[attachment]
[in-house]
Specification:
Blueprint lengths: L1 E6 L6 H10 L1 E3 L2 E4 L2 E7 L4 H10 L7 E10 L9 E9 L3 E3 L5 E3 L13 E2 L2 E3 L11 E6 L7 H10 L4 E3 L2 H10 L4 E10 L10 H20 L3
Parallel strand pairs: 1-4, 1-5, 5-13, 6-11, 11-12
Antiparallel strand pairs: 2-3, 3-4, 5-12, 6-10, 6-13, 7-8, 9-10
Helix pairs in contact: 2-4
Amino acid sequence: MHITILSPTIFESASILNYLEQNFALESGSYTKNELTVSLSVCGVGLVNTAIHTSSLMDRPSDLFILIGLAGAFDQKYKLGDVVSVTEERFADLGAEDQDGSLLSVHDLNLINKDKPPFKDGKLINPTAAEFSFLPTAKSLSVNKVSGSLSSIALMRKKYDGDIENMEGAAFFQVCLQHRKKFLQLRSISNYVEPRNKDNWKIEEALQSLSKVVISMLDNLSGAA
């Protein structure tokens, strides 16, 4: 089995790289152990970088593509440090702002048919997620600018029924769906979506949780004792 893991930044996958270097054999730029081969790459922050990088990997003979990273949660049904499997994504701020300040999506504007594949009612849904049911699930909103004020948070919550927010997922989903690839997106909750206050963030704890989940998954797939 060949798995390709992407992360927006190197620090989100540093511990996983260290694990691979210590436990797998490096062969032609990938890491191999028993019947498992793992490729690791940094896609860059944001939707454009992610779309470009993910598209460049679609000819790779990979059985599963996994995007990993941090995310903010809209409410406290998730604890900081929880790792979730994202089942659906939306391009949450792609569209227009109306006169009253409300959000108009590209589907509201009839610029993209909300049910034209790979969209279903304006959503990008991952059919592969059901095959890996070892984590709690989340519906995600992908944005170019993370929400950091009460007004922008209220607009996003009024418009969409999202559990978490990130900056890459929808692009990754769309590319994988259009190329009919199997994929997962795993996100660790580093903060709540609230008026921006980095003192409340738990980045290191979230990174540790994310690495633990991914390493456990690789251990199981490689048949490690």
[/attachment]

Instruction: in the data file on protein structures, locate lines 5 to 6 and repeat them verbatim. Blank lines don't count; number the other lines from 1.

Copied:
Antiparallel strand pairs: 2-3, 3-4, 5-12, 6-10, 6-13, 7-8, 9-10
Helix pairs in contact: 2-4